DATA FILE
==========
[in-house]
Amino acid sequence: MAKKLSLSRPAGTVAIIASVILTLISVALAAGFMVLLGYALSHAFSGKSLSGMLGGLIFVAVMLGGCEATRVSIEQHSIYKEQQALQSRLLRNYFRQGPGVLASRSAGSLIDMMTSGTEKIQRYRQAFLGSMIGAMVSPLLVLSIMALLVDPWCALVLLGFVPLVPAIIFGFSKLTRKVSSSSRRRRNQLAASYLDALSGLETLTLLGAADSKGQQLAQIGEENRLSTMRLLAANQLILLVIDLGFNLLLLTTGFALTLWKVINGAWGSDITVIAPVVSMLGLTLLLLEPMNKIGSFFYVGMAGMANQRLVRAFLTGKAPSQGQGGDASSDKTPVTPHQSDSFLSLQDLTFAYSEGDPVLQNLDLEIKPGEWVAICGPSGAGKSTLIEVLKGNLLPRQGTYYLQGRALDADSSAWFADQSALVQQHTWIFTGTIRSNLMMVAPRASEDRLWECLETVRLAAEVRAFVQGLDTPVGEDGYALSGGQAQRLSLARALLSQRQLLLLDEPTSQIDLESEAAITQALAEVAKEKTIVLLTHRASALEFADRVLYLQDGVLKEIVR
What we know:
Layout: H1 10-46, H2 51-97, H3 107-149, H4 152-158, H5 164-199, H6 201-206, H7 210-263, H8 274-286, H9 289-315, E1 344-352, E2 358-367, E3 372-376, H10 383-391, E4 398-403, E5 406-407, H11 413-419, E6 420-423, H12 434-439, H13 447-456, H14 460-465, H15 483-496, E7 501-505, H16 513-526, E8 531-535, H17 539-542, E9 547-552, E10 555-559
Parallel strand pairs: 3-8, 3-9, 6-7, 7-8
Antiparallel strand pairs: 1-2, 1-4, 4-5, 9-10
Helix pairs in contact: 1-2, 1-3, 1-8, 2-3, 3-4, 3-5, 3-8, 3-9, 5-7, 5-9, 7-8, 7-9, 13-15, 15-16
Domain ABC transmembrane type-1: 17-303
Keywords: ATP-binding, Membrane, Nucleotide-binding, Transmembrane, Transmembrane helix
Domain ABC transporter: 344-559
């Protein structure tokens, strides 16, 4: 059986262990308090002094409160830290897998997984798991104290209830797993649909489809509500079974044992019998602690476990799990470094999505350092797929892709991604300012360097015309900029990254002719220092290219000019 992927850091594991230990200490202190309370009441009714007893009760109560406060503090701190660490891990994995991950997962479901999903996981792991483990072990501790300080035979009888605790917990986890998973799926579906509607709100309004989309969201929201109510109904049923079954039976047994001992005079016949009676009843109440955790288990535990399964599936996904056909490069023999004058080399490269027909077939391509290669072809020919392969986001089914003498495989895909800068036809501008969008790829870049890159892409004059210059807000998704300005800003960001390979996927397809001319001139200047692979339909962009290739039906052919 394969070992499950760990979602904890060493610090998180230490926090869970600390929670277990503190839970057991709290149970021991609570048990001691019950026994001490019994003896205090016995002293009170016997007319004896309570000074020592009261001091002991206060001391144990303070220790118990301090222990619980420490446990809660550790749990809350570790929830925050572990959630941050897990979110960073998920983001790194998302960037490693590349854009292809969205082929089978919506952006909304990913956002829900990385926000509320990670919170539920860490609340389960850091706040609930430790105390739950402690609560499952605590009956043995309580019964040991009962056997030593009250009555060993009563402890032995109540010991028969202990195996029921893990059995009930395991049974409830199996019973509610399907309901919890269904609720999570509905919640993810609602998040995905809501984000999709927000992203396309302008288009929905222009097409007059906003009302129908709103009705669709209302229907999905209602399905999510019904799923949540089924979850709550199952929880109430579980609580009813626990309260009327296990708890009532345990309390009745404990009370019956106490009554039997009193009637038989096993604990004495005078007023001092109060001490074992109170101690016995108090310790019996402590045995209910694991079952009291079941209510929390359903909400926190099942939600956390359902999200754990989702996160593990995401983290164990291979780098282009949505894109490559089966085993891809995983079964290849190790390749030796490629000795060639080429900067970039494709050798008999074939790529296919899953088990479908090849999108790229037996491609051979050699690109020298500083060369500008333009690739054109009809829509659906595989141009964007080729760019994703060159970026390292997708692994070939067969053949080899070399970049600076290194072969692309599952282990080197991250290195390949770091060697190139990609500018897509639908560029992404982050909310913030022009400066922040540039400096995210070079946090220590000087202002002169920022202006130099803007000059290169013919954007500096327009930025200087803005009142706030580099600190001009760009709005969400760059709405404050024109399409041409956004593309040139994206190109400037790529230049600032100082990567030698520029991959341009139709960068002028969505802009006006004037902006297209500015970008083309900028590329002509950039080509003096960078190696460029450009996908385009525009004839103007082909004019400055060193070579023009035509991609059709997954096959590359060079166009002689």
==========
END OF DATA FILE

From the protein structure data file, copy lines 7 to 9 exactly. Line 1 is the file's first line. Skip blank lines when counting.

Helix pairs in contact: 1-2, 1-3, 1-8, 2-3, 3-4, 3-5, 3-8, 3-9, 5-7, 5-9, 7-8, 7-9, 13-15, 15-16
Domain ABC transmembrane type-1: 17-303
Keywords: ATP-binding, Membrane, Nucleotide-binding, Transmembrane, Transmembrane helix